Leontia Flynn, Slim New Book (The Lifeboat Press, 2020) and Dawn Watson, The Stack of Owls is Getting Higher (The Emma Press, 2019). Both are available for £6.50 and leave a title for this such as The Undiscerning Age?: Belfast Poets and Tradition.
Slim New Book, Leontia Flynn’s boisterous and utterly unique compendium of Catullus translations, gathers all of Flynn’s prior translations of the Roman poet from her four collections of poems in a, well, slim, yellow pamphlet published by The Lifeboat Press. Flynn is widely appreciated for her poetry’s conjuncture of nonchalant virtuosity, unforgiving humour, and jaded deep-heartedness, and these translations chart a similar territory. Responding to the alarming interview question “What would your epitaph be?” with “Leontia Flynn. Dead. Sorry” exemplifies but a kernel of the wit on display in this pamphlet of poems. Flynn’s reworking of the Roman poet reads as effortlessly contemporary (as opposed to effortfully, so praises David Wheatley); the re-situation of the ancient poet, as well as the very first poem in the pamphlet, demonstrates Flynn’s mature and extensive thinking about poetic heritage, without ever being “so learned, […] so laborious” about the fact. “To whom will I dedicate my slim new book” Flynn’s Catullus asks, and the poem concludes with the hope that this book, perhaps the poem, may “stick round at least one generation”.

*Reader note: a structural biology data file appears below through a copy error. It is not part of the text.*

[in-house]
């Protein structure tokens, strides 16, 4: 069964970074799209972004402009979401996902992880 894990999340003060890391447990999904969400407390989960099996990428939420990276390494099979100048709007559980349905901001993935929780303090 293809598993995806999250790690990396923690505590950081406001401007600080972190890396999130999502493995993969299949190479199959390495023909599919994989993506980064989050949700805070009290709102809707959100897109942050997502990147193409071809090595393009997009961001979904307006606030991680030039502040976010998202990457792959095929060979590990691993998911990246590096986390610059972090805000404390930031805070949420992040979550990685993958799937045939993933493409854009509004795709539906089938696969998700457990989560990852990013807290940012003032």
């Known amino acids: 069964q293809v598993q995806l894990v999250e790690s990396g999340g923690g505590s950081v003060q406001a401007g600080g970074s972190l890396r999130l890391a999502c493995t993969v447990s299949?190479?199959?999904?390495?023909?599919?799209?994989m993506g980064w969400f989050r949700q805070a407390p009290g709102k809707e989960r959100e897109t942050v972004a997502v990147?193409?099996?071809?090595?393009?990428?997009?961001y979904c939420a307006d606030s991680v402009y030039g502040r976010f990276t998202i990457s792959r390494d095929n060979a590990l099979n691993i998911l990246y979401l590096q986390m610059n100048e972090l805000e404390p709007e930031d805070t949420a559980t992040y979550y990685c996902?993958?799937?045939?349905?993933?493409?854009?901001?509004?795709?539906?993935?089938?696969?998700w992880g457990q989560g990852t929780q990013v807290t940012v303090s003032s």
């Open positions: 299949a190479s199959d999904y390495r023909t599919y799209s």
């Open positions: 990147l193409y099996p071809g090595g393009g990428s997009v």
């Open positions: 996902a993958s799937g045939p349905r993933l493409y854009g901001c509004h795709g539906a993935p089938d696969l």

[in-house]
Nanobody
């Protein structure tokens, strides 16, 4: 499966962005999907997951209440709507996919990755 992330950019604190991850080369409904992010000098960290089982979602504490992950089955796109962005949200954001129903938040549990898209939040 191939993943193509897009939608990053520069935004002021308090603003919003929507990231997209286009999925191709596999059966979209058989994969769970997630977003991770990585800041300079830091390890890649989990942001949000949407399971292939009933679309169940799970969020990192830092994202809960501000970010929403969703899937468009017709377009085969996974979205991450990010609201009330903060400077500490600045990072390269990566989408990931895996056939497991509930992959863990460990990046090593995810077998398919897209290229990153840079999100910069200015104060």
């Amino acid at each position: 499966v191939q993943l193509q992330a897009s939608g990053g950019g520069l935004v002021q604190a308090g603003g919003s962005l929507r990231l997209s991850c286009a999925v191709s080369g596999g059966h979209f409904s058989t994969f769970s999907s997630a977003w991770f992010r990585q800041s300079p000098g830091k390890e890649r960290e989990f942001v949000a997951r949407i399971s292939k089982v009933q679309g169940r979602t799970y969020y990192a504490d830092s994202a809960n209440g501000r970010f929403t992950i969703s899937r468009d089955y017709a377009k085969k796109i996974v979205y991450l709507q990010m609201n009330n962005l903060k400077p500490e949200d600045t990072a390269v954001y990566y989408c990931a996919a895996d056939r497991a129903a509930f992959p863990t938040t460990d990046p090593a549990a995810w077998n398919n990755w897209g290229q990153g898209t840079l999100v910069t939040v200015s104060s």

The pairing in Slim New Book of Flynn’s brilliantly ironic and clear-eyed verse with Catullus’ aversion for pretence make for a pair a reader would simultaneously take meticulous notes from as much as want to have a glass of wine with, but more significantly gives rise to a strikingly new version of the Roman poet. From
Flavius, that sweetie of yours (Catullus speaking)
must be totally inelegant and unsmart—
you couldn’t keep quiet otherwise, you’d tell me.
(‘6’ translated by Peter Green)
to this in Slim New Book:
F–, speaking as a friend here, your new hottie
must be incredibly rough around the edges
or you couldn’t contain yourself — you’d spill the beans!
Flynn’s ability to accurately transplant the elegant combativeness of Catullus to somehow allow for colloquialisms like ‘rough around the edges’ or to spill some beans is equal parts baffling and genius. However, nipping and acidly funny versions of Catullus are not this pamphlet’s sole achievement. The moments of tender address or elegy are all the more surprising and affecting, hidden, as they are, among lines such as “I’ve had my lunch. I’m on the bed, reclined / yet entirely UPRIGHT with anticipation” (’32’). ‘5’ is a notable example, that begins with the simple, disarming line “Let’s live my arty girl and let us love”, as is ‘85’, printed here in its entirety: